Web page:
or have been arrested.

    This so-called “para-scandal” revealed that a
    counterinsurgency force, known as the United
    Self-Defence Forces of Colombia, or AUC,
    collaborated with drug lords to control the
    cocaine trade and simultaneously worked with
    Colombia’s elites, including Uribe’s family, to
    fend off the guerrilla threat.

    Another troubling offshoot of the peace process
    was the creation of a safe haven for drug lords,
    who flocked to a 370-square-kilometer sanctuary
    set up for the AUC.

    Colombian mafia boss Fabio Enrique Ochoa Vasco,
    47, who was indicted in Florida in September 2004
    for drug trafficking and money laundering,
    claimed he was one of 10 U.S.-wanted traffickers
    who found protection in the Santa Fe Ralito
    sanctuary.

    AUC leaders “promised to include their financial
    backers in the negotiation” as a way to shield
    alleged cocaine traffickers from extradition to
    the United States, Ochoa Vasco told a Colombian
    magazine in June.

    It was all prearranged in 2001, according to
    paramilitary and drug lord accounts. If Uribe won
    the presidency, paramilitary leaders would be
    offered generous sentence reductions and be
    allowed to serve their time outside prison walls
    if they demobilized and confessed.

    Ochoa Vasco, who allegedly ships eight tons of
    cocaine monthly to the United States, was told
    that he and other AUC allies would be sentenced
    in Colombia to a maximum of 12 years, rather than
    face possible life sentences in U.S. prisons.

    Uribe’s History

    The new disclosures also have brought back to
    public attention the Uribe family’s long history
    of ties to drug lords and paramilitary militias.
    Colombia’s Supreme Court announced in July that
    it was investigating Senator Mario Uribe, the
    president’s cousin and his point man in the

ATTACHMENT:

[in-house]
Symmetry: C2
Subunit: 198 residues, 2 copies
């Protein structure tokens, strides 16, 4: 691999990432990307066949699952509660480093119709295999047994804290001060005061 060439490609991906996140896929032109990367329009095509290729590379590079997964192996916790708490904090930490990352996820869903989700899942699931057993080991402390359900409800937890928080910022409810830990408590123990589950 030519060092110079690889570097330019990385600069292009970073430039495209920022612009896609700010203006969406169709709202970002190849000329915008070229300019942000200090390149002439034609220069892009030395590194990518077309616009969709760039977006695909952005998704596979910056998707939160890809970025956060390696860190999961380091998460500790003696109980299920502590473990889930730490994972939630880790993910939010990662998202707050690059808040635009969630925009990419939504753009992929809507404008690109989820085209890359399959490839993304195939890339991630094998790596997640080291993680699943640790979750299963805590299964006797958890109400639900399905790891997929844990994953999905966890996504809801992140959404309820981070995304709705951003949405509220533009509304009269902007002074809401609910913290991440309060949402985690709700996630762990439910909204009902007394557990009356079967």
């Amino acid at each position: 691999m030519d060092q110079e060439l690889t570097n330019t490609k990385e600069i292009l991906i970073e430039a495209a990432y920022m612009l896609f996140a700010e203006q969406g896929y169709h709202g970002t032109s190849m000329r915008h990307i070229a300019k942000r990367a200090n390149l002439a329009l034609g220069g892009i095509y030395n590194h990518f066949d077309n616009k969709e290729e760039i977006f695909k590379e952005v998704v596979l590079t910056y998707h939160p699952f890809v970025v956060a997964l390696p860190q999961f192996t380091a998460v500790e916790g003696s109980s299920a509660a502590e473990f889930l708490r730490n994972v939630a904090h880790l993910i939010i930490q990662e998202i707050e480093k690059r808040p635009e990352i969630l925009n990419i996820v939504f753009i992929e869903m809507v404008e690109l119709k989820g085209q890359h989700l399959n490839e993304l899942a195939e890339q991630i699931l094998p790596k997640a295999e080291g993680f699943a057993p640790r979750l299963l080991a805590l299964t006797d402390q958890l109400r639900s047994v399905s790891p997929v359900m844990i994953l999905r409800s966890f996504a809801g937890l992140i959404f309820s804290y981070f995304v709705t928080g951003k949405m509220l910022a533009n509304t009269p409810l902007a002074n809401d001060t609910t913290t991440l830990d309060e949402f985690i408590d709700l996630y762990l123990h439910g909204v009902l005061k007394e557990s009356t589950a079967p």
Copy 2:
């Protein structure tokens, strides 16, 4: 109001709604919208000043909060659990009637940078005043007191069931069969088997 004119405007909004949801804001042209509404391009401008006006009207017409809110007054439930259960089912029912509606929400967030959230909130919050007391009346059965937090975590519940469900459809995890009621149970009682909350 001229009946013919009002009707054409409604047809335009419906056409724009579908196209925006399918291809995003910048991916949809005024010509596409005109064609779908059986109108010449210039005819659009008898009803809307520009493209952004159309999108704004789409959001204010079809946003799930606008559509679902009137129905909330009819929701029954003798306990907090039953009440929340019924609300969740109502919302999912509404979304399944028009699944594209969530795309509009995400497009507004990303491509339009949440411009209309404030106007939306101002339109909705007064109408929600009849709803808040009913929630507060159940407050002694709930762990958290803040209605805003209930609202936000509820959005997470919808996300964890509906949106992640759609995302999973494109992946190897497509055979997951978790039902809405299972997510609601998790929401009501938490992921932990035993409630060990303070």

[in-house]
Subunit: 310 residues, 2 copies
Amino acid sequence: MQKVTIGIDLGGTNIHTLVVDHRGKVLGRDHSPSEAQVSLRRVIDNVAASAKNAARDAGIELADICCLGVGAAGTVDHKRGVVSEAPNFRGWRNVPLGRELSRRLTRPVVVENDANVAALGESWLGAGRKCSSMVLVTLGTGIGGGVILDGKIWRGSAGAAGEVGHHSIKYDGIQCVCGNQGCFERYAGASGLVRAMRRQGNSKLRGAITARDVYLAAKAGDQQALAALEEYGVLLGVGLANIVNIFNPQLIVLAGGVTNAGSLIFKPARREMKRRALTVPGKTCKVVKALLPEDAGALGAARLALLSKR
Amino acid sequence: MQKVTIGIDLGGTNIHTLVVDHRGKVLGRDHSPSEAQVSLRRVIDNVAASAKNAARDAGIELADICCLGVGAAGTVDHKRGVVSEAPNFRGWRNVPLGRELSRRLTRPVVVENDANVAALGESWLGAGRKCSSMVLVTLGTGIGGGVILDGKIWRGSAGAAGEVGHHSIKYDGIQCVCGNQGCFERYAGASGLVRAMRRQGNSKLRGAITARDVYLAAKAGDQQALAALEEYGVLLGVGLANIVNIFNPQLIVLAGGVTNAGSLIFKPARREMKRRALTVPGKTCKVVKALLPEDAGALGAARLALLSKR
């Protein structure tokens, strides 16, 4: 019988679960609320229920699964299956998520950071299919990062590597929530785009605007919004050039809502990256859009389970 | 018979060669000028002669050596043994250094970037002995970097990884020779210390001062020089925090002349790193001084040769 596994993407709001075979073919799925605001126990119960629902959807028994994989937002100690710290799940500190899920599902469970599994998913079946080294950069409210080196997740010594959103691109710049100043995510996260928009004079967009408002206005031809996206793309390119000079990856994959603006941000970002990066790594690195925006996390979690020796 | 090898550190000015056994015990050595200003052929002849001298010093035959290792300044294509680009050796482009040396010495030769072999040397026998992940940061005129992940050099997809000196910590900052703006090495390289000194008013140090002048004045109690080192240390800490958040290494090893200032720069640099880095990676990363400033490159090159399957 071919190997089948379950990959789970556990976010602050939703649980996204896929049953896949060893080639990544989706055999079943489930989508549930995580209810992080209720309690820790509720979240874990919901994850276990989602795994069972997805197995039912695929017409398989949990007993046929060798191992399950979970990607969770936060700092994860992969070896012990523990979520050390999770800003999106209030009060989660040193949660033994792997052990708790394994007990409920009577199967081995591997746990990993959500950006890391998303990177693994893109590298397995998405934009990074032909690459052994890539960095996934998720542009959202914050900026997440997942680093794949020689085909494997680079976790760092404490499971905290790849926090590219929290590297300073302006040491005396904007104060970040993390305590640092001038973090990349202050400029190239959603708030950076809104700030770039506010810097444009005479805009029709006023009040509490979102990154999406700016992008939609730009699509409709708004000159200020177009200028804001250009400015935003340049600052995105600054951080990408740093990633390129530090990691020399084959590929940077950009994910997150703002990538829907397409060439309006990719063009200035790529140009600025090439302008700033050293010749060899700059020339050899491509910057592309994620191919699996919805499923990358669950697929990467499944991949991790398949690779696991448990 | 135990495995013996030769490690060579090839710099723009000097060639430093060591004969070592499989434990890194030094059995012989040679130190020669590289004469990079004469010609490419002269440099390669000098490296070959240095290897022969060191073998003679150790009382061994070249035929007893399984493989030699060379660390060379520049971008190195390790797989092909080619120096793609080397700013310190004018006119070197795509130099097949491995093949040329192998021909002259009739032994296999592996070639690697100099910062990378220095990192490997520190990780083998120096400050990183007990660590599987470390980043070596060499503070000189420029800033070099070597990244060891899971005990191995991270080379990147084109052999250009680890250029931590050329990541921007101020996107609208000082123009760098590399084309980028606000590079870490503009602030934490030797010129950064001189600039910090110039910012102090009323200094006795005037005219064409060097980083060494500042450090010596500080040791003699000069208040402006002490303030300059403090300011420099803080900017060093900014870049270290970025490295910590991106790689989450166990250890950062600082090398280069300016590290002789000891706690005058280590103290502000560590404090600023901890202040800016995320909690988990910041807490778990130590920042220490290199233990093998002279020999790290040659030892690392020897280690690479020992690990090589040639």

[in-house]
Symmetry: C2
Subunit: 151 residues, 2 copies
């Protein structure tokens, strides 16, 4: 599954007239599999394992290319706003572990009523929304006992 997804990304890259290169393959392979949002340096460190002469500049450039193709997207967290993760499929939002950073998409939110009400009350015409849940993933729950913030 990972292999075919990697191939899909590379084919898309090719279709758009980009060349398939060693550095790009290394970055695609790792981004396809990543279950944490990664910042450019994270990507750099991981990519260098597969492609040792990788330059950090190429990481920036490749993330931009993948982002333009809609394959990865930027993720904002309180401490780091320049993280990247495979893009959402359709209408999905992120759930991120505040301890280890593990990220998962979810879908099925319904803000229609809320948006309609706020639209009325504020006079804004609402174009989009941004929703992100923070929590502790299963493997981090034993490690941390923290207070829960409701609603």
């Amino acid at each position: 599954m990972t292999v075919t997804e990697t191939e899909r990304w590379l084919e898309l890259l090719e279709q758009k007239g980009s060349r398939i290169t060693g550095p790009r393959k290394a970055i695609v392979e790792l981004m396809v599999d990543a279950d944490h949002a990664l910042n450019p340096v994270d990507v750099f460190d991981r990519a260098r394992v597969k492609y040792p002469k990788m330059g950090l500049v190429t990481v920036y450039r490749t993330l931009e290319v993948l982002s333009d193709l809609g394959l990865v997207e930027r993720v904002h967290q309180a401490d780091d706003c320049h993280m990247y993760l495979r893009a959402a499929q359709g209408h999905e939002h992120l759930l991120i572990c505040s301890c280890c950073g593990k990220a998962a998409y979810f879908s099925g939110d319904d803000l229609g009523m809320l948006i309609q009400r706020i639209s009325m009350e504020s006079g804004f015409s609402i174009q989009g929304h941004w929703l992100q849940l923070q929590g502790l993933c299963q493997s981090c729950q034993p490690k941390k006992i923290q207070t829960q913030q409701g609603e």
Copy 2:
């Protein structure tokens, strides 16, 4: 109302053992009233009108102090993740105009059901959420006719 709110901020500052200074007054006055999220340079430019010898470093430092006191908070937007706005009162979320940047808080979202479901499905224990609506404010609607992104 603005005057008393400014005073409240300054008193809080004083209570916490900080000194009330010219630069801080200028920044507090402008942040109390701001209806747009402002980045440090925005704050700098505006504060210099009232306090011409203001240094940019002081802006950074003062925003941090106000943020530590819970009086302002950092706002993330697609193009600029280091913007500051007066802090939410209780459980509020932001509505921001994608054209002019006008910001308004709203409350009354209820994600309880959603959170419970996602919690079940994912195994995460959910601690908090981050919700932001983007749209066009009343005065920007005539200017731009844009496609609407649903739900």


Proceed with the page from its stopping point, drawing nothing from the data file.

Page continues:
Colombian Congress, for alleged links to the AUC.

    Several paramilitary leaders have said Mario
    Uribe was one of their allies and an intermediary
    with the government. He has denied any wrongdoing.

    But the family link to purported drug lords dates
    back several decades. As a young man and an
    aspiring politician, € ¦Álvaro Uribe lost his
    position as mayor of Medell€ ¦ín – after only five
    months on the job – because the country’s
    president ousted him over his family’s suspected
    connections to traffickers, according to media
    reports at the time.

    His father Alberto Uribe, a wealthy landowner,
    reputedly had been a close associate of the
    Medell€ ¦ín cartel and its kingpins, such as Pablo
    Escobar and the Ochoa brothers, who were personal
    friends.

    In 1983, Alberto Uribe was reportedly wanted by
    the U.S. government for drug trafficking when he
    was killed in a kidnapping attempt by the FARC.
    According to media accounts, his body was
    airlifted back to his family by one of Escobar’s
    helicopters.

    In the early 1990s, € ¦Álvaro Uribe’s brother,
    Santiago, was investigated for allegedly
    organizing and leading a paramilitary militia
    that was headquartered at the Uribe family
    hacienda. He was never charged and the case was
    dismissed for lack of evidence. But Santiago was
    photographed alongside Fabio Ochoa at a party
    even after the government had declared Ochoa one
    of the most notorious Medell€ ¦ín cartel kingpins.

    The incident with Santiago Uribe coincided with
    € ¦Álvaro Uribe’s eight years in the Senate, where
    he opposed extradition of drug suspects. His
    critics accused him of working for the Medell€ ¦ín
    cartel.

    But the relationship between right-wing
    narco-financed paramilitaries and the Colombian
    government has been a long and complex one, with
    shifting alliances based on the self-interest of
    the moment.

    In 1992, the Drug Enforcement Administration, the
    CIA and the U.S. military, along with Colombian
    intelligence services, joined forces with the
    Cali cartel to train, equip and coordinate an
    undercover group of mercenaries known as the